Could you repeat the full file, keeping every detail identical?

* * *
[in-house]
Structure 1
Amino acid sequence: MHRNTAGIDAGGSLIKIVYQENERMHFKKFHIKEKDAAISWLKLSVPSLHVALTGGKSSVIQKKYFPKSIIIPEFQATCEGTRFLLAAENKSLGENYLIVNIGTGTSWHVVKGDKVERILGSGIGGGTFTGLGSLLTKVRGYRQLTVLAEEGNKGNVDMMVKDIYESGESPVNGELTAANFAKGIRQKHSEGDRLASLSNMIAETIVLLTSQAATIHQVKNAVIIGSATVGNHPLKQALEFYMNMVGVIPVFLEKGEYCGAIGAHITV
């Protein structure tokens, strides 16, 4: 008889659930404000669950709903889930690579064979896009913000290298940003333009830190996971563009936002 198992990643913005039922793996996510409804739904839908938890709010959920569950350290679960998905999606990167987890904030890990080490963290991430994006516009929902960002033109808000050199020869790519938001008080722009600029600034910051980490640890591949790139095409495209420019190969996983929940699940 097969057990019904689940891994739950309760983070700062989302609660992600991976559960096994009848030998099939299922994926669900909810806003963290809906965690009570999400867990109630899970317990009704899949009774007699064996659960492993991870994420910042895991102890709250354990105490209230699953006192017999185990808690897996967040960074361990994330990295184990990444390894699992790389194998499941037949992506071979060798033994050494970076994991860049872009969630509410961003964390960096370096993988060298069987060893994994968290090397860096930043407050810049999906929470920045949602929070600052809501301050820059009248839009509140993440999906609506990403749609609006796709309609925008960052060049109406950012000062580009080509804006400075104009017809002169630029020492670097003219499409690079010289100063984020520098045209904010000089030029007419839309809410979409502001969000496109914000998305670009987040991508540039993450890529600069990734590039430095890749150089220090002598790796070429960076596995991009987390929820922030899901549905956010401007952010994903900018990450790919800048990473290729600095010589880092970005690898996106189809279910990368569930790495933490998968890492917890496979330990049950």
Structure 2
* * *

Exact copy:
[in-house]
Structure 1
Amino acid sequence: MHRNTAGIDAGGSLIKIVYQENERMHFKKFHIKEKDAAISWLKLSVPSLHVALTGGKSSVIQKKYFPKSIIIPEFQATCEGTRFLLAAENKSLGENYLIVNIGTGTSWHVVKGDKVERILGSGIGGGTFTGLGSLLTKVRGYRQLTVLAEEGNKGNVDMMVKDIYESGESPVNGELTAANFAKGIRQKHSEGDRLASLSNMIAETIVLLTSQAATIHQVKNAVIIGSATVGNHPLKQALEFYMNMVGVIPVFLEKGEYCGAIGAHITV
């Protein structure tokens, strides 16, 4: 008889659930404000669950709903889930690579064979896009913000290298940003333009830190996971563009936002 198992990643913005039922793996996510409804739904839908938890709010959920569950350290679960998905999606990167987890904030890990080490963290991430994006516009929902960002033109808000050199020869790519938001008080722009600029600034910051980490640890591949790139095409495209420019190969996983929940699940 097969057990019904689940891994739950309760983070700062989302609660992600991976559960096994009848030998099939299922994926669900909810806003963290809906965690009570999400867990109630899970317990009704899949009774007699064996659960492993991870994420910042895991102890709250354990105490209230699953006192017999185990808690897996967040960074361990994330990295184990990444390894699992790389194998499941037949992506071979060798033994050494970076994991860049872009969630509410961003964390960096370096993988060298069987060893994994968290090397860096930043407050810049999906929470920045949602929070600052809501301050820059009248839009509140993440999906609506990403749609609006796709309609925008960052060049109406950012000062580009080509804006400075104009017809002169630029020492670097003219499409690079010289100063984020520098045209904010000089030029007419839309809410979409502001969000496109914000998305670009987040991508540039993450890529600069990734590039430095890749150089220090002598790796070429960076596995991009987390929820922030899901549905956010401007952010994903900018990450790919800048990473290729600095010589880092970005690898996106189809279910990368569930790495933490998968890492917890496979330990049950």
Structure 2